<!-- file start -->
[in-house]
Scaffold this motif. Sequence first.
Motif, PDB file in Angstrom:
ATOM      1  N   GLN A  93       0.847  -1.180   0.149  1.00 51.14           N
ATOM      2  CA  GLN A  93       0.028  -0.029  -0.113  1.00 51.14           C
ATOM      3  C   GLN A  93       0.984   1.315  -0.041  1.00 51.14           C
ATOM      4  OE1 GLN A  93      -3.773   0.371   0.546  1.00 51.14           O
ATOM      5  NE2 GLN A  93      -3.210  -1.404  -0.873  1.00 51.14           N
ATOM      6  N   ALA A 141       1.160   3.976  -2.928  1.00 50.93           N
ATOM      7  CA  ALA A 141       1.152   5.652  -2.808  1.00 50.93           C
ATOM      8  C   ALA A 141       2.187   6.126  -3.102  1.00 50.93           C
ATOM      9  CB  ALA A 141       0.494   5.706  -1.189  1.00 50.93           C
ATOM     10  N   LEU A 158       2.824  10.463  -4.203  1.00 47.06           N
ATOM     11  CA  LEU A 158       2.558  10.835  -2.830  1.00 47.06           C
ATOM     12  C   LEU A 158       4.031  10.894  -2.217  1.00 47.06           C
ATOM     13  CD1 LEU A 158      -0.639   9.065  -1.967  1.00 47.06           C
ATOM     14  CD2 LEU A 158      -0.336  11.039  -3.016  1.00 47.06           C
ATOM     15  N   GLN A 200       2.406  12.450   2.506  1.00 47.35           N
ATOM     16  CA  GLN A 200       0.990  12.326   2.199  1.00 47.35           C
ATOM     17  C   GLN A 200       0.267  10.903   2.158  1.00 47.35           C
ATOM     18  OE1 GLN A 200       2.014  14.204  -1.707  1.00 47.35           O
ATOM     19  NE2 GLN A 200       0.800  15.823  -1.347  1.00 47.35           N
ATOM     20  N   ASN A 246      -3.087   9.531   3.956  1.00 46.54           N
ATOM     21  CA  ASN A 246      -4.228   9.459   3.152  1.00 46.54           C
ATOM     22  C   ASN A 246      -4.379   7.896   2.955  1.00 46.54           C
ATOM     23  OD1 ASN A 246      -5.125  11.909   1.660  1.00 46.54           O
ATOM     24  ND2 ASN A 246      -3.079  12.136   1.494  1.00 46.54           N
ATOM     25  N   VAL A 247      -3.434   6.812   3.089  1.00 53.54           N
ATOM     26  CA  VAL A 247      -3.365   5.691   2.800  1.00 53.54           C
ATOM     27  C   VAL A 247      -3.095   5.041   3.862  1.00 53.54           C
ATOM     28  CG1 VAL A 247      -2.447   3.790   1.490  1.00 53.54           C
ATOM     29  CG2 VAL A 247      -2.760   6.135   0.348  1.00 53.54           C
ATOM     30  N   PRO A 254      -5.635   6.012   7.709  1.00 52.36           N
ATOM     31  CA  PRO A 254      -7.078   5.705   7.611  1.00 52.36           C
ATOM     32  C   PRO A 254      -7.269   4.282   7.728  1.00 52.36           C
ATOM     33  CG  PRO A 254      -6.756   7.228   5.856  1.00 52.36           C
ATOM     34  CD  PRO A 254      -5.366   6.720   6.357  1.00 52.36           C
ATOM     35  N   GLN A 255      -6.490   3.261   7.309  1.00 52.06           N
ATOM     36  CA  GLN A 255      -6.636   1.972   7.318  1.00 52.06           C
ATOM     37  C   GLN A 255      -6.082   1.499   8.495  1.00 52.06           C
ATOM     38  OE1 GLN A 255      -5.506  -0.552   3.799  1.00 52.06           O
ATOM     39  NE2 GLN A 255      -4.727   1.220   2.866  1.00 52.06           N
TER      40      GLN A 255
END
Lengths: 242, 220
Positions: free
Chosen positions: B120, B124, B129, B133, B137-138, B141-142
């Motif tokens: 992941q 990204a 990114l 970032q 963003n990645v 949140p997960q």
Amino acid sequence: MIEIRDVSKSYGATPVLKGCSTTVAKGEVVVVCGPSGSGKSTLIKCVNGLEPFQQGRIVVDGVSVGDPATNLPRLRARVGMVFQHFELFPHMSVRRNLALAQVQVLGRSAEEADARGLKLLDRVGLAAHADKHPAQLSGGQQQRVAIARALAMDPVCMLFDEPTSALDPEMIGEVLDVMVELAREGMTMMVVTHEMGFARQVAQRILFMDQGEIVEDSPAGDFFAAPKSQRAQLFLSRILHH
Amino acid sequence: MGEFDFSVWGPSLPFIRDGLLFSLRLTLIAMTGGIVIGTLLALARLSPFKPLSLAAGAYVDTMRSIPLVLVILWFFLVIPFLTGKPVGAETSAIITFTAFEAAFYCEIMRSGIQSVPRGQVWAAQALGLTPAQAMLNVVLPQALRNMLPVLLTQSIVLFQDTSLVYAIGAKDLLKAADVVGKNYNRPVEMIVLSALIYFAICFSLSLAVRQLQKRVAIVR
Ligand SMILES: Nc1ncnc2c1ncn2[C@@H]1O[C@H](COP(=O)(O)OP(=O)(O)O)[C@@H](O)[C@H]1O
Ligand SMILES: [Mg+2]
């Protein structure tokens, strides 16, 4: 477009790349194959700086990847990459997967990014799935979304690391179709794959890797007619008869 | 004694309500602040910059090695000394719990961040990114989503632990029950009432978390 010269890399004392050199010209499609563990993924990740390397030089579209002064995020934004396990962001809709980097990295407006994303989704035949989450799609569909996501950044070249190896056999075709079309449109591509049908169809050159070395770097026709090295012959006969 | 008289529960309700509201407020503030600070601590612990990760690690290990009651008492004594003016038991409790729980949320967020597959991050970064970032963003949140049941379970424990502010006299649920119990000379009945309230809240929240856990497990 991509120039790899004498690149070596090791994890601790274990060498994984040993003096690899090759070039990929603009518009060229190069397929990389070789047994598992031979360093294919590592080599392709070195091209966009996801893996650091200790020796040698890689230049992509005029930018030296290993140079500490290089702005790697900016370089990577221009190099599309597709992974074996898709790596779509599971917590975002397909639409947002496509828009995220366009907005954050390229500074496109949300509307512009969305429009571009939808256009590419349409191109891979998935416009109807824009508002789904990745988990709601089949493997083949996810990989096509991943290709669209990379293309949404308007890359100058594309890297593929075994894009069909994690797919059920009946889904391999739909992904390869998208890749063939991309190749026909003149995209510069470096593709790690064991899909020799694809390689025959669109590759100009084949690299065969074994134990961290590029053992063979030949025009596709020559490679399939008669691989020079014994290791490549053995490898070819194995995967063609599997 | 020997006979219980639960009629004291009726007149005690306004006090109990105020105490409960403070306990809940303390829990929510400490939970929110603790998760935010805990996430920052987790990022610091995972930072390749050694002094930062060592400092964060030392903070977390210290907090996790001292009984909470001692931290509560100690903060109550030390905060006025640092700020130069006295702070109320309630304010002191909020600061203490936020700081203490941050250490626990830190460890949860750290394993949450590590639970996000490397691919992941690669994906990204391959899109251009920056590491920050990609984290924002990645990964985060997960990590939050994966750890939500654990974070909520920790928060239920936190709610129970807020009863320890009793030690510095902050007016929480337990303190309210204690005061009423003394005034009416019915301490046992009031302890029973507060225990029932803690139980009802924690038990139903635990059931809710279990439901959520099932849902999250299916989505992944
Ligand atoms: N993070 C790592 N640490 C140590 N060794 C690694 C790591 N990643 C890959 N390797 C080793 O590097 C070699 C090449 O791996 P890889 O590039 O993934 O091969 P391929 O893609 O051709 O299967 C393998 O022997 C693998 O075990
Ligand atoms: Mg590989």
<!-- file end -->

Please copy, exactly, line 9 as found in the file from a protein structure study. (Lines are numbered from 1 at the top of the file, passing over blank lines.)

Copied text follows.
ATOM      6  N   ALA A 141       1.160   3.976  -2.928  1.00 50.93           N